Biggest Tax Scam Ever Sweeps the US

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Be wary if you answer your phone and the caller says he’s an IRS agent. It could be a scam – the largest the Internal Revenue Service has ever seen.

The U.S. Treasury Department says more than 20,000 taxpayers have alerted the government about the scam, and victims have lost more than $1 million total.

This is how it works: A bogus IRS agent calls and claims the intended victim owes taxes, then demands immediate payment with a prepaid debit card or wire transfer.

The fraudsters often know the last four digits of victims’ Social Security numbers. If victims protest the immediate payment request, the phony agent threatens arrest, deportation, or the loss of a business or driver’s license.

A press release from Treasury also made note of these details about the scam, which is being perpetrated across the country:

  • The callers use common names and fake IRS badge numbers.
  • Your caller ID is tricked into making it look as if the IRS is calling.
  • The scammers send bogus IRS emails to support their claim.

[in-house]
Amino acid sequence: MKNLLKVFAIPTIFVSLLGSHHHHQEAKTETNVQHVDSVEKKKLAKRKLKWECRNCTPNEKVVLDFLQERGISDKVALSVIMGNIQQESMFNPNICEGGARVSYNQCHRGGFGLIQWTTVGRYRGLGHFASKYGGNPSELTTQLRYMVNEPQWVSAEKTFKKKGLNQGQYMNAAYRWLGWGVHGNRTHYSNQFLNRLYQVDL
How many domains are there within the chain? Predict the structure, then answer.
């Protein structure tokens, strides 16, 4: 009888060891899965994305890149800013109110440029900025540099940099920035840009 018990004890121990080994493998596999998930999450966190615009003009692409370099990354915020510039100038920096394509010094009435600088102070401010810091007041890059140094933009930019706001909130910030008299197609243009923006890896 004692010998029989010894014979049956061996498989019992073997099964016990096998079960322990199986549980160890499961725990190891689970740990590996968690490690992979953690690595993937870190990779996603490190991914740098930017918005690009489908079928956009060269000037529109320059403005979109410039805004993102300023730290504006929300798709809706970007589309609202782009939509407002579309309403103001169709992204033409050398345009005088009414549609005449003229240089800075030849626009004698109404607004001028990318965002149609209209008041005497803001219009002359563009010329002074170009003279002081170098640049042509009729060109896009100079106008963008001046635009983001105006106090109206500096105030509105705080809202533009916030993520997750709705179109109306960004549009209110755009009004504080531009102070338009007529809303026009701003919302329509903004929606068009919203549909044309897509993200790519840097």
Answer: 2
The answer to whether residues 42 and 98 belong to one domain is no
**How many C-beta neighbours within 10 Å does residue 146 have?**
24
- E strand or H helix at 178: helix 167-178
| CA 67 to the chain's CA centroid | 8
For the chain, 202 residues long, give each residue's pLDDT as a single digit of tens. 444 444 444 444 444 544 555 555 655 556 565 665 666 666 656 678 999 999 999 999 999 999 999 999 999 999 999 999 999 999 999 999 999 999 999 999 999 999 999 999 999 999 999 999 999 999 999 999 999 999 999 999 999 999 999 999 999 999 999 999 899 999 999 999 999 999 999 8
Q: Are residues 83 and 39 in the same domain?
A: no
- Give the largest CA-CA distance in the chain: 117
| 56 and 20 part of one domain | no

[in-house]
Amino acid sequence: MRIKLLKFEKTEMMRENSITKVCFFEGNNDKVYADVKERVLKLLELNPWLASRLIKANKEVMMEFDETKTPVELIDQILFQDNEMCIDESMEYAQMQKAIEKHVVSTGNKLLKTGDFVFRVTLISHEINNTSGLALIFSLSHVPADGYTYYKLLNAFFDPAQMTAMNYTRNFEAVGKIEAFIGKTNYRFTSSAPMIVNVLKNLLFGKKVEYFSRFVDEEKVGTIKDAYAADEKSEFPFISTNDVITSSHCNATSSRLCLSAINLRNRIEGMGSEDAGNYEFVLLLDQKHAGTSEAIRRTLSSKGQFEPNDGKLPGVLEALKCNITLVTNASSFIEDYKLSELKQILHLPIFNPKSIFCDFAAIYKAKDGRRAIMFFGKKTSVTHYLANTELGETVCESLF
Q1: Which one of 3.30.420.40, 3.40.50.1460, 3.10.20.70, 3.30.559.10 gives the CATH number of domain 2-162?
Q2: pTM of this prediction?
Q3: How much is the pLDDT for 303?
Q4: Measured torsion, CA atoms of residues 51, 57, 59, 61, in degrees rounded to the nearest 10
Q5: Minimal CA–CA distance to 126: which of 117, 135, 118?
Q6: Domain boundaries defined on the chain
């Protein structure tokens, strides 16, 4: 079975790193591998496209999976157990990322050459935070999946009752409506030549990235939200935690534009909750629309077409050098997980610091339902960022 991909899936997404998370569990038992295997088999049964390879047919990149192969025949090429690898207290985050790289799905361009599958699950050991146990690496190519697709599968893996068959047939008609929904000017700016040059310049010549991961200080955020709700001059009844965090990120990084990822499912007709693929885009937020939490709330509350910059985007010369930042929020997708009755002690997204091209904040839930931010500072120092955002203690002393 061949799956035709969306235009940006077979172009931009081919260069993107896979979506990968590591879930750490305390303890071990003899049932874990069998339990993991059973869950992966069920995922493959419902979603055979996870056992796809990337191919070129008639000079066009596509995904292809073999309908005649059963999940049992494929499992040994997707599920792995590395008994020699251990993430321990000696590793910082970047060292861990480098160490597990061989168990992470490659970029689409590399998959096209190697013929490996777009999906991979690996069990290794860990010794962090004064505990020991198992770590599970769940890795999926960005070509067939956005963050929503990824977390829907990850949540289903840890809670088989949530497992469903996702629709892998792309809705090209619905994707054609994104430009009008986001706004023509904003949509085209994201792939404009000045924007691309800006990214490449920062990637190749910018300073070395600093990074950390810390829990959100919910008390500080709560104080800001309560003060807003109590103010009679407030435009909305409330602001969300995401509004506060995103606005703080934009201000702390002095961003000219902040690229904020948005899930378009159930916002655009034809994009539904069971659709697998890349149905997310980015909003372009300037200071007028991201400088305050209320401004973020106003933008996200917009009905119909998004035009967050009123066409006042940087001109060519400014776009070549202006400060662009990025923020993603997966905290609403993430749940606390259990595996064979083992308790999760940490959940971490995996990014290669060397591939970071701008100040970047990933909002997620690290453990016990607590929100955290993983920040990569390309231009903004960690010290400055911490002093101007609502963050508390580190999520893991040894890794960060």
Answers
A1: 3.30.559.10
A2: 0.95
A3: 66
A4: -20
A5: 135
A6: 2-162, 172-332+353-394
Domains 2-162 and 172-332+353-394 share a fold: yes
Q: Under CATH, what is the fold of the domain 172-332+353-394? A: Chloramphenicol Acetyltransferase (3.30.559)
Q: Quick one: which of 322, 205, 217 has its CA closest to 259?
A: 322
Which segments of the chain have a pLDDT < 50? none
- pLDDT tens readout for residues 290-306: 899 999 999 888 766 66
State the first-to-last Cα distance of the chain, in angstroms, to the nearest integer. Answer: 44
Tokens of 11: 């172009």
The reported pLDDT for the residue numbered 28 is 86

• They call a second time claiming to be the police or department of motor vehicles, and the caller ID again supports their claim. 

Treasury Inspector General J. Russell George said in the release, “If someone unexpectedly calls claiming to be from the IRS and uses threatening language if you don’t pay immediately, that is a sign that it really isn’t the IRS calling.”

If you have unpaid taxes, the IRS will probably use the mail to contact you. And the IRS doesn’t ask for payment via a prepaid card or wire transfer, nor would it request credit card information on the phone.

“This is the largest scam of its kind that we have ever seen,” George said. “The increasing number of people receiving these unsolicited calls from individuals who fraudulently claim to represent the IRS is alarming.”

You’re asked to report any suspicious IRS requests directly to the IRS.

Have you gotten one of these calls? Share your experiences below or on our Facebook page.

Also check out this video Money Talks News founder Stacy Johnson made about other tax scams you should be on the alert for this year.

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Comments & discussion

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  • cybrarian_ca

    The IRS doesn’t call or email anyone. But if you really aren’t sure, if anyone calls, demand their info, hang up, look up the local office of the IRS online or in a phone book, call, and ask if the person works there and has been assigned your case. They’ll confirm that the IRS doesn’t work this way. If you owe money, they will send registered mail.